This summary of research by Rio de Janeiro’s Prostitution Policy Watch on the impact of World Cup on Rio’s sex industry was written by Alex Besser and published on RioonWatch.org. Click here for the full press release in English. Clique aqui para ler esse post em Português.
Rio de Janeiro’s Prostitution Policy Watch has released their preliminary report looking at the Rio 2016 Olympics’ effect on the city’s sex industry. The organization is made up of professors, researchers and students from several major Rio de Janeiro universities and has been conducting research into prostitution in the city and attempting to “widen the public and political space for debates regarding sex work” to help the “recognition of prostitution as a form of legitimate labor.”
Prostitution Policy Watch and several other advocacy groups were concerned with possibilities of human rights abuses similar to those during the 2014 FIFA World Cup. The 2014 report mentioned several police operations and public policies that resulted in arrests and human rights violations of sex workers in Rio. With the Olympic Games, the organization sought to analyze how policies related to the Olympics were changing the lives and professions of sex workers in Rio de Janeiro.
Impact on sex markets
Prostitution Policy Watch found that policies put in place before the Games even began already changed the landscape of Rio’s sex industry, pushing many workers to different regions of the city. They found that many of the concerns put out by the media before and during the Olympics, such as the possibility of an increase in human trafficking and sexual exploitation, did not end up occurring.
The report did find that, like during the World Cup, sexual commerce in Rio decreased during the mega-event. During the World Cup, this was mainly due to the large number of holidays, which closed businesses downtown, the area with the highest concentration of sex work venues, and forced customers’ daily routines to change.
In this case, another major factor was Brazil’s economic and political crisis. Starting at least eight months prior to the opening of the Olympics, the demand for sex workers was extremely low and more women were selling sex. Most places saw no significant increase in demand for sex work during the months of August and September 2016 and the majority of venues actually reported a drop in both the number of clients coming in and the number of men who were willing to pay for sex.
The report only found one venue, located near the Olympic Park in Barra da Tijuca, that saw a consistent growth in demand for sexual services during the Games. However, many other venues in the same West Zone neighborhood saw no increase in trade. Praça Mauá, the downtown plaza that hosted many tourist events in conjunction with the Olympics, had some venues reporting significant increases in customers. In all cases, the client demographics remained the same: primarily local male Brazilians in most areas, and seamen and cruise ship crew-members in the Port region.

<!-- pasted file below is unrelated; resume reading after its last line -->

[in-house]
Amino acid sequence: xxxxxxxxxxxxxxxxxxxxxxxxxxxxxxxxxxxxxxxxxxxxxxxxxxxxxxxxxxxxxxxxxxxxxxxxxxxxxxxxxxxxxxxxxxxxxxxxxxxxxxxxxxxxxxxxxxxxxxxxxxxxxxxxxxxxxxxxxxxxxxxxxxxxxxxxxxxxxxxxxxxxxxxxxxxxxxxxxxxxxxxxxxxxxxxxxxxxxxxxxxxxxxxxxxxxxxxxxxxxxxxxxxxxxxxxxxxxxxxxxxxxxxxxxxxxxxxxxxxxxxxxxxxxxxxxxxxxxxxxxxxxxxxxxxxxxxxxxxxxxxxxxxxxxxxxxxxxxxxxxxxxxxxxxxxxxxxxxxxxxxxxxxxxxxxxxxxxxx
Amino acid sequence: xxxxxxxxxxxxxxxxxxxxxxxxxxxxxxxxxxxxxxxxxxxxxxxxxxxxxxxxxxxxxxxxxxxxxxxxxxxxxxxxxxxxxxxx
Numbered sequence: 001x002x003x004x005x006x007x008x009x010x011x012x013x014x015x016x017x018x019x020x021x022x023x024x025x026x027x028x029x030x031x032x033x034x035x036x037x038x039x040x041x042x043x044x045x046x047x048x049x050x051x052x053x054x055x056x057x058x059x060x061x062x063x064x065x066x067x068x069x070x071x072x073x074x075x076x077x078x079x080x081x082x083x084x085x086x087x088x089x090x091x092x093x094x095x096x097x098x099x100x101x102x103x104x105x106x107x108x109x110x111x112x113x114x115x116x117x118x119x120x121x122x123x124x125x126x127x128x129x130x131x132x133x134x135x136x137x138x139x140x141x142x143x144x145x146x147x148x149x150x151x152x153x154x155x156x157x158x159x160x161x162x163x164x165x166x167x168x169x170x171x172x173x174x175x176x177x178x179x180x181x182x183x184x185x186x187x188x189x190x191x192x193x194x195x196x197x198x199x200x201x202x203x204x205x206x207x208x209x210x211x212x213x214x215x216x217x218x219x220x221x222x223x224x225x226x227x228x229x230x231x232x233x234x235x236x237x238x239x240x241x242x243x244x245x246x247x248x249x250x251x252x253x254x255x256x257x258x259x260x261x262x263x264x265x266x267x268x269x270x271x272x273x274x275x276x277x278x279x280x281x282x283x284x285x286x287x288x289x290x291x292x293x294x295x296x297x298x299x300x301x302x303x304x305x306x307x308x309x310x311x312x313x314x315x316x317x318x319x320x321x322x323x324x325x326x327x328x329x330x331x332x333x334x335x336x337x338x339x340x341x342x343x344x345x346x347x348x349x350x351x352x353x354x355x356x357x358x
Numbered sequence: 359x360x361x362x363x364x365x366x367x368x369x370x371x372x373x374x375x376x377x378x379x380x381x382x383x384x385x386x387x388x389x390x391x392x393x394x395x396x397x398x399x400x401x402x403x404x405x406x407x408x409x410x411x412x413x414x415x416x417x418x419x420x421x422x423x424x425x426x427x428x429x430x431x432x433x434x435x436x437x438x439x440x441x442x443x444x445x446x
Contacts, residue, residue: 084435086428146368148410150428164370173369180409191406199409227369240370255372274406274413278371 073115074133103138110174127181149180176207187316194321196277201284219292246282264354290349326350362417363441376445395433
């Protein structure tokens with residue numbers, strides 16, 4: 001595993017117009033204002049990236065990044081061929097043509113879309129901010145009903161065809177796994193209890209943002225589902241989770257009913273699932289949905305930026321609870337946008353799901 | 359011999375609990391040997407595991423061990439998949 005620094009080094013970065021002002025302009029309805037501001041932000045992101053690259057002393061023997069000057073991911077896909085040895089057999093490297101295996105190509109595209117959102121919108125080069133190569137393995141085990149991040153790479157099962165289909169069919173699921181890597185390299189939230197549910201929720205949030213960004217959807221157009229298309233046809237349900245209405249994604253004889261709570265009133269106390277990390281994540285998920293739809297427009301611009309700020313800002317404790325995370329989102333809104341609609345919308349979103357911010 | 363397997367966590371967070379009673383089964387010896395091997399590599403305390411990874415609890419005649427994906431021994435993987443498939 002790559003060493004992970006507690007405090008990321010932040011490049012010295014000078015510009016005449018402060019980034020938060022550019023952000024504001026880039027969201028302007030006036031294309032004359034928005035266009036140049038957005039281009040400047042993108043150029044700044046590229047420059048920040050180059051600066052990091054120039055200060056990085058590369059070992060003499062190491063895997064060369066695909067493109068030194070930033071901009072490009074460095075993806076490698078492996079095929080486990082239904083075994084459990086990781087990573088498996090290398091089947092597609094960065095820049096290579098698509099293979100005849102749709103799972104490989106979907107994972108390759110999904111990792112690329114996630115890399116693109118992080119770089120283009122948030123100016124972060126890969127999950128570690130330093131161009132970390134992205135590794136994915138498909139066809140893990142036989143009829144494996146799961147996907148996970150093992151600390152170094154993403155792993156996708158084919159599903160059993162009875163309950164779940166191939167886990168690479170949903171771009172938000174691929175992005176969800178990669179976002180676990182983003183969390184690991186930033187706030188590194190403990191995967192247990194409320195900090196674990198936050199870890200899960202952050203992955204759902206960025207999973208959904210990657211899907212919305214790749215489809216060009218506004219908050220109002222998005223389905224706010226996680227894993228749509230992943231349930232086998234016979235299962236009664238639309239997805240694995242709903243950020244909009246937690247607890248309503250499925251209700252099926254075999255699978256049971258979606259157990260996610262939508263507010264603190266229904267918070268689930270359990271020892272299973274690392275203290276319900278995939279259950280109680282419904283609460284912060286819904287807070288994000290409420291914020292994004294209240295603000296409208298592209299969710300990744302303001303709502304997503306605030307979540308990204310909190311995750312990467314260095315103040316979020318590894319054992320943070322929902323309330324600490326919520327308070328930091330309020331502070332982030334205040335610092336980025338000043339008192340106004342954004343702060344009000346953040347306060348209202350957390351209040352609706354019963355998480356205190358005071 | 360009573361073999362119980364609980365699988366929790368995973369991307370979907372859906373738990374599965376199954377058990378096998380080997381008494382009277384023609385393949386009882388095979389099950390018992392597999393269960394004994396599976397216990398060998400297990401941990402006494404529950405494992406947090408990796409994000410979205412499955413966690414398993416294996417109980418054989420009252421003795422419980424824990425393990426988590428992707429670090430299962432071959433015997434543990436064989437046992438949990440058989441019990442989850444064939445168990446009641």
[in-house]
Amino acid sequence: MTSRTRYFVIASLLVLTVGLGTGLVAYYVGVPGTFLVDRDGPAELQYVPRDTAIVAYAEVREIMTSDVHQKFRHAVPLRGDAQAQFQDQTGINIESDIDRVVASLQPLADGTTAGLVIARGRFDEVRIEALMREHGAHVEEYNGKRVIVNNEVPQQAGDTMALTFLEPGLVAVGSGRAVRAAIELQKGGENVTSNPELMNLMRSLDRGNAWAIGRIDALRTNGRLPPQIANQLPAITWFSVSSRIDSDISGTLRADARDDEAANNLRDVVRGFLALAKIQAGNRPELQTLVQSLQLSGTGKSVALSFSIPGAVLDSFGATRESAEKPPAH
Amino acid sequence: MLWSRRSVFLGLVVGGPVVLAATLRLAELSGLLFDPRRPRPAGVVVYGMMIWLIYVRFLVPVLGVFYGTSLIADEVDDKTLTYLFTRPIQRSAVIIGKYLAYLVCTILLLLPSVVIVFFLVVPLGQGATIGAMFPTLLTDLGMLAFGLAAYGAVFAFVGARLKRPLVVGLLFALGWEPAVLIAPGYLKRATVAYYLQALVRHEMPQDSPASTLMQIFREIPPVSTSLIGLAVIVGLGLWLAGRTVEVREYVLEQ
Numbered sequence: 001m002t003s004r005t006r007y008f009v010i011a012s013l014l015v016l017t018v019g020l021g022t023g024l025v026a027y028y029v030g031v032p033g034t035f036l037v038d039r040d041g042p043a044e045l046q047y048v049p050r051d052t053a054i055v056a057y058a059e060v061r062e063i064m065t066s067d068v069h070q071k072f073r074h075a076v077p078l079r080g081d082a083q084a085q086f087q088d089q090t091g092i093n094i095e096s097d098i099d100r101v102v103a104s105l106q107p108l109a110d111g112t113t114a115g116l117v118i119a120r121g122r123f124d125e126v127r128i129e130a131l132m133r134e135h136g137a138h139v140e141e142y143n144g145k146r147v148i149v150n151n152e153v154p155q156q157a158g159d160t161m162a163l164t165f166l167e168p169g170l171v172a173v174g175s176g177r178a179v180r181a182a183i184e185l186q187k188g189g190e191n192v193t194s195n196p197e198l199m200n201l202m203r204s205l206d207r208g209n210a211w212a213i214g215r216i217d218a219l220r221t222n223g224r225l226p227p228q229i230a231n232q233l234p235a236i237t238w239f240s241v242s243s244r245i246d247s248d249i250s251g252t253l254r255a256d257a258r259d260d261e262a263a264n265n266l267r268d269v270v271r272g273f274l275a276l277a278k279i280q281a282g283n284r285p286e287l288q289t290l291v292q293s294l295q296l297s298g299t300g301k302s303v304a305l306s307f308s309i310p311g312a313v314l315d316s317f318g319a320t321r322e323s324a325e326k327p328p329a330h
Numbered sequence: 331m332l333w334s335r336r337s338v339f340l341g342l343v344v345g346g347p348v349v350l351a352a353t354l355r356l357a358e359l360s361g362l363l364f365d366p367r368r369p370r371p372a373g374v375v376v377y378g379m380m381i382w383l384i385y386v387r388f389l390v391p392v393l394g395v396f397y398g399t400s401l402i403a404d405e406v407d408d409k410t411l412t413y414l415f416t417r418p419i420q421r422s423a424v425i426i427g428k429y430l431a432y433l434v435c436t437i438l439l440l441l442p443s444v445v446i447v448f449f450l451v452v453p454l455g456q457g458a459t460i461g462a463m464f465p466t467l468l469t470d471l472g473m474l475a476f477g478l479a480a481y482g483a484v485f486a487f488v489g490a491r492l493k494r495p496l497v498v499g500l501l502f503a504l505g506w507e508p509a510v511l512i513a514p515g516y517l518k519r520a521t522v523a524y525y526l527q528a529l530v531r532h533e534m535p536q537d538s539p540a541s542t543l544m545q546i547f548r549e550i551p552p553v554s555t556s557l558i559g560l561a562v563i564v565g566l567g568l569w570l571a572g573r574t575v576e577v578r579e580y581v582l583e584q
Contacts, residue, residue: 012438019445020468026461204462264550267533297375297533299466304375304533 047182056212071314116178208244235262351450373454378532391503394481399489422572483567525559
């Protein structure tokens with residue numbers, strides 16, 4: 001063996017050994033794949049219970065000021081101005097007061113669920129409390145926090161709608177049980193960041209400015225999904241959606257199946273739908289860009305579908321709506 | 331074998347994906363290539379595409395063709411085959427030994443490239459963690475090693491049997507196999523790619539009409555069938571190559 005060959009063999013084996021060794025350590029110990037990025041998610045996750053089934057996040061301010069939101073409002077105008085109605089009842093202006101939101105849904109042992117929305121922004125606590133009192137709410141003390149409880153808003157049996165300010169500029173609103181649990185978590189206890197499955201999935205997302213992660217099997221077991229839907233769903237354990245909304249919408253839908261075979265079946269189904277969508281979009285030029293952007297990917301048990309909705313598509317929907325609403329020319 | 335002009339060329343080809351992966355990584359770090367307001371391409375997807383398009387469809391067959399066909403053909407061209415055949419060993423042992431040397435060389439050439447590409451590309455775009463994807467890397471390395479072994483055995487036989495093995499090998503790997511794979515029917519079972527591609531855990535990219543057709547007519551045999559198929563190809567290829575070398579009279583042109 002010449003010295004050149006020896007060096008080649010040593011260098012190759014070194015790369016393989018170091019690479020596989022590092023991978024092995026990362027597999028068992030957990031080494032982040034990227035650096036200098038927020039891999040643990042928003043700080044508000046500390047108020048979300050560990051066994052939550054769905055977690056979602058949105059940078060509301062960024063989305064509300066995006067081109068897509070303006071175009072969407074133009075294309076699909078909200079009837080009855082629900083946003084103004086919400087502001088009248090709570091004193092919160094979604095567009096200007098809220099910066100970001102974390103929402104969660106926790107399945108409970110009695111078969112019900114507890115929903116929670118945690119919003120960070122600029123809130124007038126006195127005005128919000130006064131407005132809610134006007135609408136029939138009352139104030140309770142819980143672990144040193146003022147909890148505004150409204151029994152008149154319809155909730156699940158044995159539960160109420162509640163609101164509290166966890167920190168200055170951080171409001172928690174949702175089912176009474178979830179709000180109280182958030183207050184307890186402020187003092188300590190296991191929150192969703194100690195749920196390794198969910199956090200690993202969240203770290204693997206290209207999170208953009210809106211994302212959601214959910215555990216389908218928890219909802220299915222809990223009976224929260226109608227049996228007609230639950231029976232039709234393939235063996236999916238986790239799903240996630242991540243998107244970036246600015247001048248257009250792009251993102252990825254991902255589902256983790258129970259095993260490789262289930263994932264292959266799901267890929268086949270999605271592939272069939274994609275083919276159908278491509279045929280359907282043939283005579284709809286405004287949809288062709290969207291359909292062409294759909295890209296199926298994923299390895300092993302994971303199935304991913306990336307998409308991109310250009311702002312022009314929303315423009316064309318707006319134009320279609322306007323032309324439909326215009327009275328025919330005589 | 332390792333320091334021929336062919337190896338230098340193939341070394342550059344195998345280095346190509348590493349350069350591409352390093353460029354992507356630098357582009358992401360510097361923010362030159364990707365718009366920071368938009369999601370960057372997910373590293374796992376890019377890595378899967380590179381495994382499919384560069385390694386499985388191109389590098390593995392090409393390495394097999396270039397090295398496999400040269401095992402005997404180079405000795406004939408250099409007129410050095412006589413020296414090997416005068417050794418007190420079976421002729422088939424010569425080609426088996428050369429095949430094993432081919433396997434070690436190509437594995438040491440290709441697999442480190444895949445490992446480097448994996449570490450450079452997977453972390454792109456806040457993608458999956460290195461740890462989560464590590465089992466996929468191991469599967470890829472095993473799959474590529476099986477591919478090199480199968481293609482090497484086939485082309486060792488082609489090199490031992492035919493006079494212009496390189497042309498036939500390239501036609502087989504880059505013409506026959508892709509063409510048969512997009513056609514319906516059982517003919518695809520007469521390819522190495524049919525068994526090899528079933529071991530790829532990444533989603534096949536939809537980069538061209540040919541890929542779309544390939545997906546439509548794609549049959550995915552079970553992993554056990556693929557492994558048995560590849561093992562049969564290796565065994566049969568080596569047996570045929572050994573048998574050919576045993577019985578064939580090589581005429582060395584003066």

Threats to workers
The report found there to have been less violence and repression directed towards sex workers in Rio de Janeiro in the period around the Olympic Games than there was before the World Cup. There were reports of women being evicted from the streets around the Maracanã soccer stadium by police. However, it is hard to distinguish if this was related to their profession or a general security measure directed towards all non-spectators. There were several reports of violence against trans sex workers in Copacabana in the South Zone, mainly performed by private security personnel illegally patrolling the streets. Researchers witnessed cases of “pornophobia” or “whoreophobia” during the Olympics, in which sex workers suffered physical and symbolic violence on the part of non-sex worker Brazilian women and male tourists.
There were several instances of police operations against agencies and venues with the purpose of preventing sexual exploitation. It is hard to tell the legitimacy of these purported reasons, as this is often used to excuse anti-prostitution efforts. The study noted that one series of operations against street prostitution did reveal the presence of three underage girls working in Barra de Tijuca/Recreio. Adult workers said that police, who were “only going after minors,” mainly left them alone.
Overall the study found the Olympics to be less disruptive of sex work as a whole in Rio de Janeiro than the World Cup had been. With the greater geographical distribution of the Games in comparison to the World Cup, it was noted that sexual commerce was more dispersed throughout the city than usual. Prostitution Policy Watch is still analyzing data to see how much of the negative impact on sex work was due to the Olympics and how much was simply caused by Rio’s poor current economic conditions.